- guidance about home-based management
- Multiple COVID testing centres spread across the city to monitor mild to moderate cases
- "Helplines that work as often patients have to rely on hospital numbers that are busy or unresponsive,” says Dr Bhan. The Delhi helpline number 1031 is usually out of reach and people are directed to the Delhi Corona app which is quite exclusionary to those without access to the internet or a smartphone. Besides, the app usually displays outdated information because when patients call the hospitals they are often refused.
He adds that triaging can not only help patients who need help most, but also help ensure equitable distribution of healthcare.
Dr Bhan says that authorities should simultaneously be addressing the rise in cases, and look at the preventative side: From issuing curbs to working out vaccine supply.
So far, bureaucratic hurdles and a lack of decisive leadership from the Delhi or Central government has created a situation where the public is panicking and further straining the fragile and fragmented healthcare systems.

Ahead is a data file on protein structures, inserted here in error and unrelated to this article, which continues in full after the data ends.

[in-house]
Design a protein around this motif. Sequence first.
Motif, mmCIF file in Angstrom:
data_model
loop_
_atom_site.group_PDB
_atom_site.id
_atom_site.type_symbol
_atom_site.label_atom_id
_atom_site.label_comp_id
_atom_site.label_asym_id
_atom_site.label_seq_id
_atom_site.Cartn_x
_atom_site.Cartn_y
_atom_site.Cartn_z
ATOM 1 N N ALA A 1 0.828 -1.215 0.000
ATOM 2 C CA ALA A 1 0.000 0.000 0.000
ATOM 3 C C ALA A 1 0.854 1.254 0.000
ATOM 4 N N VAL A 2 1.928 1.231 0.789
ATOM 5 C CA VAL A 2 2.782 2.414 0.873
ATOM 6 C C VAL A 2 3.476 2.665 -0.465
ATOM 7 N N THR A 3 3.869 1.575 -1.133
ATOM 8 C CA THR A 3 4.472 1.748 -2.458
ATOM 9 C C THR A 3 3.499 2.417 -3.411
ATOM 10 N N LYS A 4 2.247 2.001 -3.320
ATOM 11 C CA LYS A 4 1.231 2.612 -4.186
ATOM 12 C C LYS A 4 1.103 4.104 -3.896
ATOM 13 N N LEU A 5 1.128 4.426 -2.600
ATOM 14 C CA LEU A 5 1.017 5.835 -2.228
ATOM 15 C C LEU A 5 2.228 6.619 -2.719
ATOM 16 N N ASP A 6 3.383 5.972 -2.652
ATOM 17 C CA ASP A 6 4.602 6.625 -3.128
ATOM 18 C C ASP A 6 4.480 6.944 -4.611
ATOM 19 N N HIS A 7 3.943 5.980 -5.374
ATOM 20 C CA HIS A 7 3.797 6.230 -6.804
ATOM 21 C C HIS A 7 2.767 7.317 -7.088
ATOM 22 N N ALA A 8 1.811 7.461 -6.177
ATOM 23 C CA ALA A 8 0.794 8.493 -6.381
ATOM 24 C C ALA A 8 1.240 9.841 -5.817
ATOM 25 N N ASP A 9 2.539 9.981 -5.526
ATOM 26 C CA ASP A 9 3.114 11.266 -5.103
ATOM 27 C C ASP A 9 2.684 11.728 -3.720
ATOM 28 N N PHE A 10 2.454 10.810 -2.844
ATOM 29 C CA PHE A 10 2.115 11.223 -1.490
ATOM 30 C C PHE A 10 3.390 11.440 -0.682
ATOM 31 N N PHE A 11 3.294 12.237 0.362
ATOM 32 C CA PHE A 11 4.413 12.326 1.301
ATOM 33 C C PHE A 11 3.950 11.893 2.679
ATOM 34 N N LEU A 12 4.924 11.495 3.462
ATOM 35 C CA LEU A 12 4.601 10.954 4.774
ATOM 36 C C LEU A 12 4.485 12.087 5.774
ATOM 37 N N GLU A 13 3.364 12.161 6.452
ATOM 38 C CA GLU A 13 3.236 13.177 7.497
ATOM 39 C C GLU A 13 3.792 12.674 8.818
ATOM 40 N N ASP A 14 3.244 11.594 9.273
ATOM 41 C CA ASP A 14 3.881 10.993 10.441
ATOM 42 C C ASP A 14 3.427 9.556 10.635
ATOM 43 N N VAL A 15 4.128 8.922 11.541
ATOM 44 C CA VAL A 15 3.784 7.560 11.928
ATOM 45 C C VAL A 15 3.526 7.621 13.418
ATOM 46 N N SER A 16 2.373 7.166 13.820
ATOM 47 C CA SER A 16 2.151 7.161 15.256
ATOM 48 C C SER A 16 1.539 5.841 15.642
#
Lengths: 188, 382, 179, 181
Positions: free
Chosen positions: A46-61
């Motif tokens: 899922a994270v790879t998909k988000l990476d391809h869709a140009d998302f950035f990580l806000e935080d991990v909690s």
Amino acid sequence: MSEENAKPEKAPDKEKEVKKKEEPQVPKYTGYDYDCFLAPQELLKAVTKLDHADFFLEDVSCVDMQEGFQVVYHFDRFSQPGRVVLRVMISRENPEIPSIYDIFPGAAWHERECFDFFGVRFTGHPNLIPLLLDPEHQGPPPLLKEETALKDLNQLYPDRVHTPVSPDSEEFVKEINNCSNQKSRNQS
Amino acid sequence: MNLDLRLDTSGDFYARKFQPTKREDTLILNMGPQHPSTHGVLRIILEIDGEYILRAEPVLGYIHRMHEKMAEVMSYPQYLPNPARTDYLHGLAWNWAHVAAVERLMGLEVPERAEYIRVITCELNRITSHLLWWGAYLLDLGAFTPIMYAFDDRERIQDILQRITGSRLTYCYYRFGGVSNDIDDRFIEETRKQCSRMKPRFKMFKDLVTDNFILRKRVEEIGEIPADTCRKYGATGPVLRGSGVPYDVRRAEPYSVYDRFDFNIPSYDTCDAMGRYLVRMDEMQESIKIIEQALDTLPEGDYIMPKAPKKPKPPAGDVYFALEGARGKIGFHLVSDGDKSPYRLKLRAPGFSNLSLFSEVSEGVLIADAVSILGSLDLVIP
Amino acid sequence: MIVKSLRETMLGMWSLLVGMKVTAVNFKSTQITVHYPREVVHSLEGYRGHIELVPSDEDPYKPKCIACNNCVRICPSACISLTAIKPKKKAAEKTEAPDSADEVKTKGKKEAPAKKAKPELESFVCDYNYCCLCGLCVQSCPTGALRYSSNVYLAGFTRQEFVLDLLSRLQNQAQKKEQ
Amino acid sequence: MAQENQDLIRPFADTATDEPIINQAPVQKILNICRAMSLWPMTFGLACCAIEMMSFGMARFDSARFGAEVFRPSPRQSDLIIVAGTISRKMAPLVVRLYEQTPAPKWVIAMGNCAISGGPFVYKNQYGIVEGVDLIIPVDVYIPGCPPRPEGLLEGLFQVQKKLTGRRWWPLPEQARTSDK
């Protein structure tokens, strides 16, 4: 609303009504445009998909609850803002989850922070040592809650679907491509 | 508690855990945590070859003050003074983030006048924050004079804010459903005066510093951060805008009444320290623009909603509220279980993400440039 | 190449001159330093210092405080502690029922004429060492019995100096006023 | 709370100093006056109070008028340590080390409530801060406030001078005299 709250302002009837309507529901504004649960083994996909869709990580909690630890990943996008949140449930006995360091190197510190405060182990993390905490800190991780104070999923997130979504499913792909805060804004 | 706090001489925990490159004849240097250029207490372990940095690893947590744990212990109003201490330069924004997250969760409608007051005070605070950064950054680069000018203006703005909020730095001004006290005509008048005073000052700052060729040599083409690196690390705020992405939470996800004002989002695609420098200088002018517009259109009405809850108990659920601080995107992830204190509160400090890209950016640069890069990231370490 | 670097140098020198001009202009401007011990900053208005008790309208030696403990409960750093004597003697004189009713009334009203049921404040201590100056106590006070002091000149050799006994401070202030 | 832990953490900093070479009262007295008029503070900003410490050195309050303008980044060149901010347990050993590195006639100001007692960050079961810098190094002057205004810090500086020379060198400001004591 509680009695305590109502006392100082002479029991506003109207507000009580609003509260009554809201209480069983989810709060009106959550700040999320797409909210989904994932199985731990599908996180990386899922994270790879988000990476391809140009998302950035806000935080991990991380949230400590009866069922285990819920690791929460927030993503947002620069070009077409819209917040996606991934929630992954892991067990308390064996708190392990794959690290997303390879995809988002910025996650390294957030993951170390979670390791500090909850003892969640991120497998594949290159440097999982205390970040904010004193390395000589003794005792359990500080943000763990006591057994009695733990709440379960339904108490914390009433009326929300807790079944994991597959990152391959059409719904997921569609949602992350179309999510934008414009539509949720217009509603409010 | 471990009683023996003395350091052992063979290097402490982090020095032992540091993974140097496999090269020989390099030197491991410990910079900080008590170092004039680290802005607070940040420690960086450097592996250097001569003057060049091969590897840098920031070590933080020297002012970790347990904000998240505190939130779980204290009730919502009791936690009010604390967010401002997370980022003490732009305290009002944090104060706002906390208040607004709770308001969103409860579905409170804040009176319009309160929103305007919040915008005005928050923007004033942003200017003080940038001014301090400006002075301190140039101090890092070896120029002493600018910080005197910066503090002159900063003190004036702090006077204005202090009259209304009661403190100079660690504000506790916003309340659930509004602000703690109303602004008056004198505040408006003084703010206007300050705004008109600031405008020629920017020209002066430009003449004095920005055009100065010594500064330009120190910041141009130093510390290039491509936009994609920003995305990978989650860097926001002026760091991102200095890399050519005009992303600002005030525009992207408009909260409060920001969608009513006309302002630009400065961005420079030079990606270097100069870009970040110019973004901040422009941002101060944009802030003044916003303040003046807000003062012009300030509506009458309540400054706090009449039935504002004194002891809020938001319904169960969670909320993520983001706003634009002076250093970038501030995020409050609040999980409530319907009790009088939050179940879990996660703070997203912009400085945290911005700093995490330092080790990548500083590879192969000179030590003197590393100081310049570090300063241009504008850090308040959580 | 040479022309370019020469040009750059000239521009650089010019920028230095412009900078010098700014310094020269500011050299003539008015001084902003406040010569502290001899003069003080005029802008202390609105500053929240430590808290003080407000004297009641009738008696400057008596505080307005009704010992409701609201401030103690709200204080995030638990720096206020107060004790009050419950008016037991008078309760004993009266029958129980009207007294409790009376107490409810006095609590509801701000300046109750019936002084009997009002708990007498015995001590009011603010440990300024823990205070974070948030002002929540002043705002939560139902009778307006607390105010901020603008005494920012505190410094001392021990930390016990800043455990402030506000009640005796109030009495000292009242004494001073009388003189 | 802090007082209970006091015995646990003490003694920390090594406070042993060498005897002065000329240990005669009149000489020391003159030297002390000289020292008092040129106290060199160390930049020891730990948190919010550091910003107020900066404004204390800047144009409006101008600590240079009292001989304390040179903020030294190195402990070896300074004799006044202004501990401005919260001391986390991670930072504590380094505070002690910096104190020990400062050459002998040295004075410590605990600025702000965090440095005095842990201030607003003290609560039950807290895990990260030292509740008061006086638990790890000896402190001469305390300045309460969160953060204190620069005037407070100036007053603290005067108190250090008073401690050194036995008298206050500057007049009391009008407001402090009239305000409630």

What it Can Learn From Mumbai
On 5 May, the Supreme Court told the Centre to “look to Mumbai and take note” of its successes in managing the supply of oxygen. So far, Mumbai has had no reported deaths from a lack of oxygen.
“Bombay Municipal Corporation (BMC) has done some remarkable work and not disrespecting Delhi but we can maybe see what was done by BMC. I understand that Maharashtra also produces oxygen, which Delhi can’t do. If you draw from experience and figure out how the holding corporations can be done in Delhi...Then we will have a module for Delhi in place based on the successful model in Bombay, which is a large metropolis.”Justice Chandrachu
Despite reeling from high numbers, Mumbai is surviving the wave through transparent reporting and clear communication.
Additional BMC commissioner Suresh Kakani spoke to News18 about the basic robust systems they had in place.
- The basic protocol of tracking, testing and treating was largely followed and the data was clear and transparent.
- Mumbai kept up the make-up quarantine spaces and wards from the first wave despite the additional costs.